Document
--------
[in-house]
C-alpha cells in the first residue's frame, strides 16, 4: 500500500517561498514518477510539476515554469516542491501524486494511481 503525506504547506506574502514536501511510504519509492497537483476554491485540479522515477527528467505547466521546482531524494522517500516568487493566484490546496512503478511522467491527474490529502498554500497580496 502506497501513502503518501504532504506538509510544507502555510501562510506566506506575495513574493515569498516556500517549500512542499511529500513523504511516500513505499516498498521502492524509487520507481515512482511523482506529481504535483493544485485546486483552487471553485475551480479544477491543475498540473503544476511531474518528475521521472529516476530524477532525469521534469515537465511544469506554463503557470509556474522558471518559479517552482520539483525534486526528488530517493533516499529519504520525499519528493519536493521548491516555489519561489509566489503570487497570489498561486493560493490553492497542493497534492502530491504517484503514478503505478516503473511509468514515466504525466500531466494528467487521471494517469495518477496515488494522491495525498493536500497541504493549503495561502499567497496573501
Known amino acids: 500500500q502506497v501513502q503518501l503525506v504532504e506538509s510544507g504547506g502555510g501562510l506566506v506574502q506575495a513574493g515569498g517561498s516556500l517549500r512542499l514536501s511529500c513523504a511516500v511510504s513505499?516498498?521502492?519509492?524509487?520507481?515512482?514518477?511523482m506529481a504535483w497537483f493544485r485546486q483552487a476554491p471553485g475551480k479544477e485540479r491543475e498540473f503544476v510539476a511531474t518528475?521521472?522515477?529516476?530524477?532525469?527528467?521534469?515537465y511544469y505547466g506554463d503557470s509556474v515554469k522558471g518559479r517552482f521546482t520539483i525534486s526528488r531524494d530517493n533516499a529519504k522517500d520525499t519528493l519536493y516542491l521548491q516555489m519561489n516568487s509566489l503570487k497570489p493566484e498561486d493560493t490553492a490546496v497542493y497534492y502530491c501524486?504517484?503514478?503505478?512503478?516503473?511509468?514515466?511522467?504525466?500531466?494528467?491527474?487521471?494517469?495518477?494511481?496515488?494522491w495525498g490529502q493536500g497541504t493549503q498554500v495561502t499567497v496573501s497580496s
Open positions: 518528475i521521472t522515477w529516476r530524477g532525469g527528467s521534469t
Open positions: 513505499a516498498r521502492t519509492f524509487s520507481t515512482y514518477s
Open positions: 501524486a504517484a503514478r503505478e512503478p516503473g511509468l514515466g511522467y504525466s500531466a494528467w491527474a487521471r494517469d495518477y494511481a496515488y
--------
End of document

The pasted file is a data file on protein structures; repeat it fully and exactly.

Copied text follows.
[in-house]
C-alpha cells in the first residue's frame, strides 16, 4: 500500500517561498514518477510539476515554469516542491501524486494511481 503525506504547506506574502514536501511510504519509492497537483476554491485540479522515477527528467505547466521546482531524494522517500516568487493566484490546496512503478511522467491527474490529502498554500497580496 502506497501513502503518501504532504506538509510544507502555510501562510506566506506575495513574493515569498516556500517549500512542499511529500513523504511516500513505499516498498521502492524509487520507481515512482511523482506529481504535483493544485485546486483552487471553485475551480479544477491543475498540473503544476511531474518528475521521472529516476530524477532525469521534469515537465511544469506554463503557470509556474522558471518559479517552482520539483525534486526528488530517493533516499529519504520525499519528493519536493521548491516555489519561489509566489503570487497570489498561486493560493490553492497542493497534492502530491504517484503514478503505478516503473511509468514515466504525466500531466494528467487521471494517469495518477496515488494522491495525498493536500497541504493549503495561502499567497496573501
Known amino acids: 500500500q502506497v501513502q503518501l503525506v504532504e506538509s510544507g504547506g502555510g501562510l506566506v506574502q506575495a513574493g515569498g517561498s516556500l517549500r512542499l514536501s511529500c513523504a511516500v511510504s513505499?516498498?521502492?519509492?524509487?520507481?515512482?514518477?511523482m506529481a504535483w497537483f493544485r485546486q483552487a476554491p471553485g475551480k479544477e485540479r491543475e498540473f503544476v510539476a511531474t518528475?521521472?522515477?529516476?530524477?532525469?527528467?521534469?515537465y511544469y505547466g506554463d503557470s509556474v515554469k522558471g518559479r517552482f521546482t520539483i525534486s526528488r531524494d530517493n533516499a529519504k522517500d520525499t519528493l519536493y516542491l521548491q516555489m519561489n516568487s509566489l503570487k497570489p493566484e498561486d493560493t490553492a490546496v497542493y497534492y502530491c501524486?504517484?503514478?503505478?512503478?516503473?511509468?514515466?511522467?504525466?500531466?494528467?491527474?487521471?494517469?495518477?494511481?496515488?494522491w495525498g490529502q493536500g497541504t493549503q498554500v495561502t499567497v496573501s497580496s
Open positions: 518528475i521521472t522515477w529516476r530524477g532525469g527528467s521534469t
Open positions: 513505499a516498498r521502492t519509492f524509487s520507481t515512482y514518477s
Open positions: 501524486a504517484a503514478r503505478e512503478p516503473g511509468l514515466g511522467y504525466s500531466a494528467w491527474a487521471r494517469d495518477y494511481a496515488y